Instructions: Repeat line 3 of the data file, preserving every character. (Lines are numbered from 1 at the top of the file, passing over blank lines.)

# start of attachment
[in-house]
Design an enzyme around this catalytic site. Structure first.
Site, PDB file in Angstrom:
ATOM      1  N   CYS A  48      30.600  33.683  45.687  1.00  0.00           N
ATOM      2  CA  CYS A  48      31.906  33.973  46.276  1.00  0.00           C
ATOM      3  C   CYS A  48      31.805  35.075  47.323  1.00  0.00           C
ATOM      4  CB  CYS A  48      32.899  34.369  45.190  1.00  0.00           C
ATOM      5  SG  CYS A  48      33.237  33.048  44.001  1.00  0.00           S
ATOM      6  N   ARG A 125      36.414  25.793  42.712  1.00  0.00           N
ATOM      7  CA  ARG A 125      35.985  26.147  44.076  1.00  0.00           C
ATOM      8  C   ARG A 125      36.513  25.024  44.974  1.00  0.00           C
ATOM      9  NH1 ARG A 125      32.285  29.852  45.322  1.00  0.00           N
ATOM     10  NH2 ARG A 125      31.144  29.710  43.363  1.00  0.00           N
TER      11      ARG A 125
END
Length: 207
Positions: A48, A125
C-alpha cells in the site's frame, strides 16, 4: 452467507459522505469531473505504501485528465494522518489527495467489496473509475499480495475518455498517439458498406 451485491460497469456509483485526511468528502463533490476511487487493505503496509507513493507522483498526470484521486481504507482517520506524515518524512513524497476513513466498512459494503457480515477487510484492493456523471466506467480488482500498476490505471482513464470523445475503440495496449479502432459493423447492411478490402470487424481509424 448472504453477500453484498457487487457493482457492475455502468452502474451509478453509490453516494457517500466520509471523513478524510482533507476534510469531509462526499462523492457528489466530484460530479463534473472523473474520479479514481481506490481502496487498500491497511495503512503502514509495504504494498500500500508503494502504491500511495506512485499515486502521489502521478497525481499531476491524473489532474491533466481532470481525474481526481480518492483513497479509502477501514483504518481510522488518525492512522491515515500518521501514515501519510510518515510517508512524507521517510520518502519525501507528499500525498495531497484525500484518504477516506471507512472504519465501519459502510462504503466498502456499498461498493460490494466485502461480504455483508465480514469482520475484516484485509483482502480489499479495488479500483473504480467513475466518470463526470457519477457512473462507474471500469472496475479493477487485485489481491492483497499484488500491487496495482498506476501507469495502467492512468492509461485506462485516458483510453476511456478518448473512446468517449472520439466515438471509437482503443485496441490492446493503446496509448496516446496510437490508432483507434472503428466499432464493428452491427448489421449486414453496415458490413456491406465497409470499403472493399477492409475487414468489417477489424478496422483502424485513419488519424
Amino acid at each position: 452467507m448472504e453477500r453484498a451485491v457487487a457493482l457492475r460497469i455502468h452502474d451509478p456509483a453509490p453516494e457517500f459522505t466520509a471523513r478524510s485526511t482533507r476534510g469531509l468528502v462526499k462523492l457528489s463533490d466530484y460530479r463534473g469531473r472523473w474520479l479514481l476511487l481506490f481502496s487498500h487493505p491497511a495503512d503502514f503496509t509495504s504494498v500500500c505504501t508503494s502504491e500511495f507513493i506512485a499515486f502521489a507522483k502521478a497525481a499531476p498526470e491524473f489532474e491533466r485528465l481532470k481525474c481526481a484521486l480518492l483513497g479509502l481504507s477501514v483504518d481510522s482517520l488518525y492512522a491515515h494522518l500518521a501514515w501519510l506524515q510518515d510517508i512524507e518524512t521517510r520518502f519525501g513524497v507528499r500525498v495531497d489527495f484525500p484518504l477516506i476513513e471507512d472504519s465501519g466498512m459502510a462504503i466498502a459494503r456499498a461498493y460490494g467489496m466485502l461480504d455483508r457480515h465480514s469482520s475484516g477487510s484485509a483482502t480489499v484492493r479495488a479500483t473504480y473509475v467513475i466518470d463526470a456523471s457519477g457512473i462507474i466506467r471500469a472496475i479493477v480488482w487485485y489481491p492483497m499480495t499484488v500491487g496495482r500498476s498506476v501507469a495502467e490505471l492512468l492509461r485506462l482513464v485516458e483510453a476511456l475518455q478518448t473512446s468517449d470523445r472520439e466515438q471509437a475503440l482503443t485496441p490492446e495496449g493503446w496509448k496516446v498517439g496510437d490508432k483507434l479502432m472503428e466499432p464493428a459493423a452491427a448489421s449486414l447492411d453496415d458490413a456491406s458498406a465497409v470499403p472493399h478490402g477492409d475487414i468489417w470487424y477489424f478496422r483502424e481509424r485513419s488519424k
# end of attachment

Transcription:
Site, PDB file in Angstrom: